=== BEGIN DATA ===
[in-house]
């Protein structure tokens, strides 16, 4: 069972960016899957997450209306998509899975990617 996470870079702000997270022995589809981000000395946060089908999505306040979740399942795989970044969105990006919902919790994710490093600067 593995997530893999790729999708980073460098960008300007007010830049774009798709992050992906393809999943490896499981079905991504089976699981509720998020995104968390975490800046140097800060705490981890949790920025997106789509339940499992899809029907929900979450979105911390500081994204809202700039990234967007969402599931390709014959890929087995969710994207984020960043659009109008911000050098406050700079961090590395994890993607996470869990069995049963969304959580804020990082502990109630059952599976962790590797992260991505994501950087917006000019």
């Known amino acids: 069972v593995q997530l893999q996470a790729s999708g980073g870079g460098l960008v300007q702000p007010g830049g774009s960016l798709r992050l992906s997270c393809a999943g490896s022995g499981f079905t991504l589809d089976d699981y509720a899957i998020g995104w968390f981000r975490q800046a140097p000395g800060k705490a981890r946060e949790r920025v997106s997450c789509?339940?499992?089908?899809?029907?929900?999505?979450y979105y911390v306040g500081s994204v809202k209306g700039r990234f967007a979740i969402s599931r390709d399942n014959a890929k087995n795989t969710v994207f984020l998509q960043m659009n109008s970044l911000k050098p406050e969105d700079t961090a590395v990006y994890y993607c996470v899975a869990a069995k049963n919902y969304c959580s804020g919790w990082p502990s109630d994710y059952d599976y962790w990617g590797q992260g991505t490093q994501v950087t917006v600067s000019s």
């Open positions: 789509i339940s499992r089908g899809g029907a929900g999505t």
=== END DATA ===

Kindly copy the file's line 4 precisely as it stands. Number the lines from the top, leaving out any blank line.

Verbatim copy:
């Open positions: 789509i339940s499992r089908g899809g029907a929900g999505t």